Eight wet miles for rhinos

2014-02-08 00:00

EIGHT wet, splashy miles — or 12,8 km — is a long way to swim, unless you’re an “adventurer-by-trade” who recently became the first person to swim the length of Britain.

“I’m not concerned at all,” said Sean Conway yesterday about his big swim this weekend. The Hilton College oldboy, now based in the UK, will be one of 120 members of the Eight Mile Club lining up for all eight races on the aQuelle Midmar Mile programme this weekend. The Eight Milers are doing four swims today and four tomorrow to raise money for various charities.

Conway, who describes adventure and exploration as his job, said he hasn’t been in a pool for three months, because he’s still recovering from his 1 440-km, 135-day odyssey, which ended on November 11 last year. “But I did swim for five months before that, and I’m not looking to win,” he said. “I just want to inspire people and promote the idea that a lot of people can do more than they think they can. I’m most worried about getting sunburnt.”

The origin of the Eight Mile Club lies in Stan Kozlowski’s decision in 2001 to swim all the races on the programme to raise funds for the Wildlands Conservation Trust. In 2004, the club was consequently formalised by Mervyn Bremner and Kozlowski and was incorporated into the aQuelle Midmar Mile a few years ago.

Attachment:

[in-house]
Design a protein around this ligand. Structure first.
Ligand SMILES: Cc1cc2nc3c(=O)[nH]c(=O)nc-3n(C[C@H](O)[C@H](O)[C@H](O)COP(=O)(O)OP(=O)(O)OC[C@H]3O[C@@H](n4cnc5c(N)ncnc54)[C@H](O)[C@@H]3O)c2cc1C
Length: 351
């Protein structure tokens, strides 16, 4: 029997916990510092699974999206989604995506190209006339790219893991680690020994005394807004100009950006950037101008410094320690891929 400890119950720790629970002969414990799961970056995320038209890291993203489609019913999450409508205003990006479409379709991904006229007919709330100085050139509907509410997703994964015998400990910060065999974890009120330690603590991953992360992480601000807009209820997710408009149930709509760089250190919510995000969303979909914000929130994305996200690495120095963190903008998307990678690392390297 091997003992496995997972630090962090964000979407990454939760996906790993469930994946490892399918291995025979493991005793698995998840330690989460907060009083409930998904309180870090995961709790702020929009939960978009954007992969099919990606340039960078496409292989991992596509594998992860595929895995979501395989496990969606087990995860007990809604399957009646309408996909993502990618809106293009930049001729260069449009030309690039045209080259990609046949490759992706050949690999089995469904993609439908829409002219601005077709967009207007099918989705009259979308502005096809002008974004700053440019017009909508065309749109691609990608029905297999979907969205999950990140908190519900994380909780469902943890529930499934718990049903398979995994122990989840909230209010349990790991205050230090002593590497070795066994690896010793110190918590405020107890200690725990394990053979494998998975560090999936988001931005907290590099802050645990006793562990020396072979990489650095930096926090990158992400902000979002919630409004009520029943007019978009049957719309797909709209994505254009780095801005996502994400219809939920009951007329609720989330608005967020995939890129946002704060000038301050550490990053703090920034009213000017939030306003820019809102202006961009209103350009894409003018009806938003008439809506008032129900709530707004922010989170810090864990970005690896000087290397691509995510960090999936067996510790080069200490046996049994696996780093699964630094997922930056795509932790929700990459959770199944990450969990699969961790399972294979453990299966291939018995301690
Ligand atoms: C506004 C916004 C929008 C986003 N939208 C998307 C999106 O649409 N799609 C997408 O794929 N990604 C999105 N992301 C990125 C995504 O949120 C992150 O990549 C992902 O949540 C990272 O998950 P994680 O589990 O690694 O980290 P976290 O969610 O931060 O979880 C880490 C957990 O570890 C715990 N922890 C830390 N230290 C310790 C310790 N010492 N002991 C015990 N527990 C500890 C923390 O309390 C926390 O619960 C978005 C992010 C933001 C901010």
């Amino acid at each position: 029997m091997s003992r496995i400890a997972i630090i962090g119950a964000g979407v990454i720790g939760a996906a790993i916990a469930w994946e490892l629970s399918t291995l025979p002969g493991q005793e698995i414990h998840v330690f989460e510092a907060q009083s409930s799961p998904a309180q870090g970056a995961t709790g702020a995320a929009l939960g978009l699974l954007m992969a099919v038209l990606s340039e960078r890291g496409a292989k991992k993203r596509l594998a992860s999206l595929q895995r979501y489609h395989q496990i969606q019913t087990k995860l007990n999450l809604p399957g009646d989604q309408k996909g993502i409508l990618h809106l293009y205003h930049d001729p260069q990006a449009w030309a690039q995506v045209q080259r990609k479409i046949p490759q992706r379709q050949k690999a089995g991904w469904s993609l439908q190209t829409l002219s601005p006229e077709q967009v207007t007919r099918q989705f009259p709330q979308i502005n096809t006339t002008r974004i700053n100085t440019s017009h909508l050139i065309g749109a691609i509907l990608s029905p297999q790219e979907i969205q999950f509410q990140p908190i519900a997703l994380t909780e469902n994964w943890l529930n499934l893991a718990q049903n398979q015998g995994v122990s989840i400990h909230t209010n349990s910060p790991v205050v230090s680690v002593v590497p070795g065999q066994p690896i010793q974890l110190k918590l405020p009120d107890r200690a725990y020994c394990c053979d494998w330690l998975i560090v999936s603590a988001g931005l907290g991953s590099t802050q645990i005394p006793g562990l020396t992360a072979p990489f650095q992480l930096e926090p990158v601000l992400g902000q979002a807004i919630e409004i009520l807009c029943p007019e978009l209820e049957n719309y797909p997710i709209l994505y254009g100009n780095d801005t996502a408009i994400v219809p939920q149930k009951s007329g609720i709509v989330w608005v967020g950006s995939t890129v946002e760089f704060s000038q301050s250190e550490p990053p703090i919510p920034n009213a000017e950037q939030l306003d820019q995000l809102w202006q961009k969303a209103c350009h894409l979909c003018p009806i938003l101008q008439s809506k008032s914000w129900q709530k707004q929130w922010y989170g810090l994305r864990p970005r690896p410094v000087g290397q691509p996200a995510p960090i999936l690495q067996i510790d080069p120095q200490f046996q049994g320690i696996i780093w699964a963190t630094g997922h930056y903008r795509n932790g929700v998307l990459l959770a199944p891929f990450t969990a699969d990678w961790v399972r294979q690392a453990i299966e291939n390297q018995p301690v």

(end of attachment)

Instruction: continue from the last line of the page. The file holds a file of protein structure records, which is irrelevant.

Race director Wayne Riddin said the Eight Milers, whose numbers have been increased from 50 to 120, have to apply to be part of the club and each chooses a charity from a list of six. “There’ll be approximately 20 people per charity and the aim is to raise $2 million [R22 million],” he said. Beneficiaries will include Save the Rhino, the Pink Drive, the Red Cap Foundation, The Princess Charlene Foundation, and Choc. A group of swimmers with disabilities will be raising funds directly for the groups they wish to support.

Together with international marathon swimmers Keri-Anne Payne (UK) and Lexie Kelly (U.S.), Conway will be swimming for the Save the Rhino fund. It’s a cause close to his heart — his father Tony Conway works for KZN Wildlife, specialising in rhino conservation.

Meanwhile, Conway intends to swim with a Go-Pro camera to capture a unique fish-eye view of the event. “I’ll use it on my blog … I’ll be swimming underneath and taking all kinds of shots,” he said.

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